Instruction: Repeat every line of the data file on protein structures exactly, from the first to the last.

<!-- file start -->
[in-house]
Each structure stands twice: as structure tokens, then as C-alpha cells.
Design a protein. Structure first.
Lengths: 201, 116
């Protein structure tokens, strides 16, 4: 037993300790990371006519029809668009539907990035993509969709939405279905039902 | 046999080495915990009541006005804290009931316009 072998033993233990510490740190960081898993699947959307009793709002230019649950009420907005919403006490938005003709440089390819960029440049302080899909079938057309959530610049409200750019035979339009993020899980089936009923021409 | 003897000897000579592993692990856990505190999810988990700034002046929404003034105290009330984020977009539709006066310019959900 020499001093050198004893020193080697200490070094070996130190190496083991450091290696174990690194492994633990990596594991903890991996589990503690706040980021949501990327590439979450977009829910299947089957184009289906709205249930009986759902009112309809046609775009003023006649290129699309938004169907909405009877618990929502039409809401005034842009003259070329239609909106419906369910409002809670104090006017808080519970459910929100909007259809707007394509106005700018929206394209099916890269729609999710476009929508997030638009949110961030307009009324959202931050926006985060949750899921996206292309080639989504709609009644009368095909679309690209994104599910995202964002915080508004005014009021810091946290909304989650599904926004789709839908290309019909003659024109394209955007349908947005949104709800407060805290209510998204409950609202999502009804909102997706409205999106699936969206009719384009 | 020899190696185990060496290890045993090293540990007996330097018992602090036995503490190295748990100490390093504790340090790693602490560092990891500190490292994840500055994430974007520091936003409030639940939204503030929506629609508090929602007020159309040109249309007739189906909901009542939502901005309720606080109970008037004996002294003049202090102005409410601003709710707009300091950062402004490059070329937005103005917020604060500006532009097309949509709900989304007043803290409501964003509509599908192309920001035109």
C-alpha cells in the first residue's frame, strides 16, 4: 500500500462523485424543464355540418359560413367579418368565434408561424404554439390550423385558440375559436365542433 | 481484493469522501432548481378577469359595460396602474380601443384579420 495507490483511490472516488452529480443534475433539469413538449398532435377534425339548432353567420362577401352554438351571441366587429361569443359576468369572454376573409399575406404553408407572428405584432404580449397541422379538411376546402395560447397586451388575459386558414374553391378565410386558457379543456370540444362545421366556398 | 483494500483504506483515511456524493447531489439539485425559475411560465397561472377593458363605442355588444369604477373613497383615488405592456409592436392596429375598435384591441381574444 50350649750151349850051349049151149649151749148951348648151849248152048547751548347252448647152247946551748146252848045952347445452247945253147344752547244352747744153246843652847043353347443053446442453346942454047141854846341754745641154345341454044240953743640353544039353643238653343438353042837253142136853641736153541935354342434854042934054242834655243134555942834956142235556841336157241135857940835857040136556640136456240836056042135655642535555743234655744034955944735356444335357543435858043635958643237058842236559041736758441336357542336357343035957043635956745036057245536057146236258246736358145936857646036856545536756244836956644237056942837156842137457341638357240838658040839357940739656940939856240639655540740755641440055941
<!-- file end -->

[in-house]
Each structure stands twice: as structure tokens, then as C-alpha cells.
Design a protein. Structure first.
Lengths: 201, 116
């Protein structure tokens, strides 16, 4: 037993300790990371006519029809668009539907990035993509969709939405279905039902 | 046999080495915990009541006005804290009931316009 072998033993233990510490740190960081898993699947959307009793709002230019649950009420907005919403006490938005003709440089390819960029440049302080899909079938057309959530610049409200750019035979339009993020899980089936009923021409 | 003897000897000579592993692990856990505190999810988990700034002046929404003034105290009330984020977009539709006066310019959900 020499001093050198004893020193080697200490070094070996130190190496083991450091290696174990690194492994633990990596594991903890991996589990503690706040980021949501990327590439979450977009829910299947089957184009289906709205249930009986759902009112309809046609775009003023006649290129699309938004169907909405009877618990929502039409809401005034842009003259070329239609909106419906369910409002809670104090006017808080519970459910929100909007259809707007394509106005700018929206394209099916890269729609999710476009929508997030638009949110961030307009009324959202931050926006985060949750899921996206292309080639989504709609009644009368095909679309690209994104599910995202964002915080508004005014009021810091946290909304989650599904926004789709839908290309019909003659024109394209955007349908947005949104709800407060805290209510998204409950609202999502009804909102997706409205999106699936969206009719384009 | 020899190696185990060496290890045993090293540990007996330097018992602090036995503490190295748990100490390093504790340090790693602490560092990891500190490292994840500055994430974007520091936003409030639940939204503030929506629609508090929602007020159309040109249309007739189906909901009542939502901005309720606080109970008037004996002294003049202090102005409410601003709710707009300091950062402004490059070329937005103005917020604060500006532009097309949509709900989304007043803290409501964003509509599908192309920001035109």
C-alpha cells in the first residue's frame, strides 16, 4: 500500500462523485424543464355540418359560413367579418368565434408561424404554439390550423385558440375559436365542433 | 481484493469522501432548481378577469359595460396602474380601443384579420 495507490483511490472516488452529480443534475433539469413538449398532435377534425339548432353567420362577401352554438351571441366587429361569443359576468369572454376573409399575406404553408407572428405584432404580449397541422379538411376546402395560447397586451388575459386558414374553391378565410386558457379543456370540444362545421366556398 | 483494500483504506483515511456524493447531489439539485425559475411560465397561472377593458363605442355588444369604477373613497383615488405592456409592436392596429375598435384591441381574444 50350649750151349850051349049151149649151749148951348648151849248152048547751548347252448647152247946551748146252848045952347445452247945253147344752547244352747744153246843652847043353347443053446442453346942454047141854846341754745641154345341454044240953743640353544039353643238653343438353042837253142136853641736153541935354342434854042934054242834655243134555942834956142235556841336157241135857940835857040136556640136456240836056042135655642535555743234655744034955944735356444335357543435858043635958643237058842236559041736758441336357542336357343035957043635956745036057245536057146236258246736358145936857646036856545536756244836956644237056942837156842137457341638357240838658040839357940739656940939856240639655540740755641440055941